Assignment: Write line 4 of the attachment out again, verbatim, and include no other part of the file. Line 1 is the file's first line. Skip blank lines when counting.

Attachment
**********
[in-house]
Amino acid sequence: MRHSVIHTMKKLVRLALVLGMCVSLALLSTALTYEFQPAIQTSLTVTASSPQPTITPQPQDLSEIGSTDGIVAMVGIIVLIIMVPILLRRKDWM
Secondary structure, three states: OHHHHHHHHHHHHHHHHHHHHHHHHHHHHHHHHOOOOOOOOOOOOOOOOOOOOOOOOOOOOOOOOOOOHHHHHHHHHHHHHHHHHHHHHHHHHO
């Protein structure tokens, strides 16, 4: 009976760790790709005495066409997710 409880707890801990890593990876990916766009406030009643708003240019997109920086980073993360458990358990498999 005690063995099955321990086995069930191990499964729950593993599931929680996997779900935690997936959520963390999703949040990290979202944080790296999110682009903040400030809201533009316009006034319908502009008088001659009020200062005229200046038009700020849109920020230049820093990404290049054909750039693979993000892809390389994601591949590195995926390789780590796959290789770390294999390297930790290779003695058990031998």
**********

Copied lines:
């Protein structure tokens, strides 16, 4: 009976760790790709005495066409997710 409880707890801990890593990876990916766009406030009643708003240019997109920086980073993360458990358990498999 005690063995099955321990086995069930191990499964729950593993599931929680996997779900935690997936959520963390999703949040990290979202944080790296999110682009903040400030809201533009316009006034319908502009008088001659009020200062005229200046038009700020849109920020230049820093990404290049054909750039693979993000892809390389994601591949590195995926390789780590796959290789770390294999390297930790290779003695058990031998």